io.sockets.on('connection', function (socket) {

    socket.on('partInfo', function (data) {
        console.log('recv [socket].[partInfo]  data = {0} \r\n'.format(JSON.stringify(data)));
        data.Level = 3;
        io.sockets.emit('update', data);  // broadcast event to all clients

    socket.on('simple', function (data) {
        console.log('recv [socket].[simple]  data = {0} \r\n'.format(data));

    socket.on('messageAck', function (data, fn) {
        console.log('[root].[messageAck]: {0}'.format(JSON.stringify(data)));

        if (fn != 'undefined') {
            console.log('  sending ack message \r\n');
            fn('hello son, {0}'.format(data.hello)); // return payload
        else {
            console.log(' ** expecting return function to call, but was missing?');

    socket.on('disconnect', function () {
        console.log('client disconnected [root] namespace');
        io.sockets.emit('clientdisconnected'); // broadcast event to all clients (no data)


Every time a client connects with the server, a ‘news’ event will be sent to that connection.  As clients send ‘event1’ or ‘event2’ event messages, they will be logged to the console.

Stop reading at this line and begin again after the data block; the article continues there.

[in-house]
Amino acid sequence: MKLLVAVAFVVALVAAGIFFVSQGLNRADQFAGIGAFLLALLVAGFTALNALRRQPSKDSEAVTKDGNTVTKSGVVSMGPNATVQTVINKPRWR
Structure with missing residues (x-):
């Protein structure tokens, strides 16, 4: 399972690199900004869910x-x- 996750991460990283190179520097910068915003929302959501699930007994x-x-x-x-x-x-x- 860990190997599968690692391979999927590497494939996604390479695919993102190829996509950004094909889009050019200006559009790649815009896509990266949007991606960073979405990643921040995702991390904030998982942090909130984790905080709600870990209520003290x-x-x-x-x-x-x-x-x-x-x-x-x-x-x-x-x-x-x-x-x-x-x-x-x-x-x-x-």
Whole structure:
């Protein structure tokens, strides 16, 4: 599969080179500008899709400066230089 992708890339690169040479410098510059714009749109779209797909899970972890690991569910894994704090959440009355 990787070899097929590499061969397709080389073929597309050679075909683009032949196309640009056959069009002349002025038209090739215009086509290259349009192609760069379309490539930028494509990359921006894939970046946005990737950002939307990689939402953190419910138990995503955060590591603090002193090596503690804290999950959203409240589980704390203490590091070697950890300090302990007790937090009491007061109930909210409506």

appEventsClient.html (script section)

$(document).ready(function () {

    var socket = io.connect(); // default connection url to current page

    socket.on('connect', function () {
        showMessage('client is connected');
        showMessage('sending [root].['partInfo'] to server');
        socket.emit('partInfo', { PartNumber: '1234', Code: 'C', Level: 1 });
    socket.on('update', function (data) {
        showMessage('recv [root].[update] : ', data);
    socket.on('event', function (eventLog) {
        showMessage('Arghhh - should not have received this message matey!');
        showMessage('recv [root].[event]', eventLog);
    socket.on('clientdisconnected', function () {
        showMessage('recv [root].[userdisconnected]');

    // *****************************************
    // *************  logger namespace ***********
    // *****************************************
    var logger = io.connect('/logger'); // namespace 'logger'

    logger.on('connect', function () {
        showMessage('client is connected namespace [logger]');
    logger.on('event', function (eventLog) {
        showMessage('recv [logger].[event] : ', eventLog);

On document.ready, the client connects with the server, and demonstrates sending and receiving data.

C# code Sample

public void Execute()
    Console.WriteLine("Starting TestSocketIOClient Example...");